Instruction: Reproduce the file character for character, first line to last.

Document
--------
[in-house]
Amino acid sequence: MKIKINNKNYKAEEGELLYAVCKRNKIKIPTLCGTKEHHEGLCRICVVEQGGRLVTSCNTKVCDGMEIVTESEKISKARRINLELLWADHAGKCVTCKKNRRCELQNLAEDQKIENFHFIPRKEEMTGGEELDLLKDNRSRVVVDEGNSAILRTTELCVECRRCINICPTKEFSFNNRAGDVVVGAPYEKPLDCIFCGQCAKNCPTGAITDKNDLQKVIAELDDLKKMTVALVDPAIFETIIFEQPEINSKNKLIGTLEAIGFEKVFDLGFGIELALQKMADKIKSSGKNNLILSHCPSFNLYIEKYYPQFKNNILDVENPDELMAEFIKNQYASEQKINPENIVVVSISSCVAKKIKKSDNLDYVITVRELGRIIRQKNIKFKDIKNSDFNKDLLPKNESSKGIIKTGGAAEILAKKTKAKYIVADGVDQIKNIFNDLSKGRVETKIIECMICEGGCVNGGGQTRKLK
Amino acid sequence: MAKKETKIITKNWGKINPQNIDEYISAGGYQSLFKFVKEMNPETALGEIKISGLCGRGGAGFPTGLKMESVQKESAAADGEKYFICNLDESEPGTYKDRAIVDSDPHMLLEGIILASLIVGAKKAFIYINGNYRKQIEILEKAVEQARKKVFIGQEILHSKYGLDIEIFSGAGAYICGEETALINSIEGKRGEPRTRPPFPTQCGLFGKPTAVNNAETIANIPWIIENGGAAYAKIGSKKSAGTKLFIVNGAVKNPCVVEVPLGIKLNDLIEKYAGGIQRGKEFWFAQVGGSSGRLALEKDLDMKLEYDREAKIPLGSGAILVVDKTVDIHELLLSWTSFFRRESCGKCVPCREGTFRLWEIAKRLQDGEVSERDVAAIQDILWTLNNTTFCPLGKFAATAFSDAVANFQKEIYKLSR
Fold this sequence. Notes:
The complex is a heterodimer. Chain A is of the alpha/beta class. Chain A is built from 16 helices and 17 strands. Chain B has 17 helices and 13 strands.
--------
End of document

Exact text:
[in-house]
Amino acid sequence: MKIKINNKNYKAEEGELLYAVCKRNKIKIPTLCGTKEHHEGLCRICVVEQGGRLVTSCNTKVCDGMEIVTESEKISKARRINLELLWADHAGKCVTCKKNRRCELQNLAEDQKIENFHFIPRKEEMTGGEELDLLKDNRSRVVVDEGNSAILRTTELCVECRRCINICPTKEFSFNNRAGDVVVGAPYEKPLDCIFCGQCAKNCPTGAITDKNDLQKVIAELDDLKKMTVALVDPAIFETIIFEQPEINSKNKLIGTLEAIGFEKVFDLGFGIELALQKMADKIKSSGKNNLILSHCPSFNLYIEKYYPQFKNNILDVENPDELMAEFIKNQYASEQKINPENIVVVSISSCVAKKIKKSDNLDYVITVRELGRIIRQKNIKFKDIKNSDFNKDLLPKNESSKGIIKTGGAAEILAKKTKAKYIVADGVDQIKNIFNDLSKGRVETKIIECMICEGGCVNGGGQTRKLK
Amino acid sequence: MAKKETKIITKNWGKINPQNIDEYISAGGYQSLFKFVKEMNPETALGEIKISGLCGRGGAGFPTGLKMESVQKESAAADGEKYFICNLDESEPGTYKDRAIVDSDPHMLLEGIILASLIVGAKKAFIYINGNYRKQIEILEKAVEQARKKVFIGQEILHSKYGLDIEIFSGAGAYICGEETALINSIEGKRGEPRTRPPFPTQCGLFGKPTAVNNAETIANIPWIIENGGAAYAKIGSKKSAGTKLFIVNGAVKNPCVVEVPLGIKLNDLIEKYAGGIQRGKEFWFAQVGGSSGRLALEKDLDMKLEYDREAKIPLGSGAILVVDKTVDIHELLLSWTSFFRRESCGKCVPCREGTFRLWEIAKRLQDGEVSERDVAAIQDILWTLNNTTFCPLGKFAATAFSDAVANFQKEIYKLSR
Fold this sequence. Notes:
The complex is a heterodimer. Chain A is of the alpha/beta class. Chain A is built from 16 helices and 17 strands. Chain B has 17 helices and 13 strands.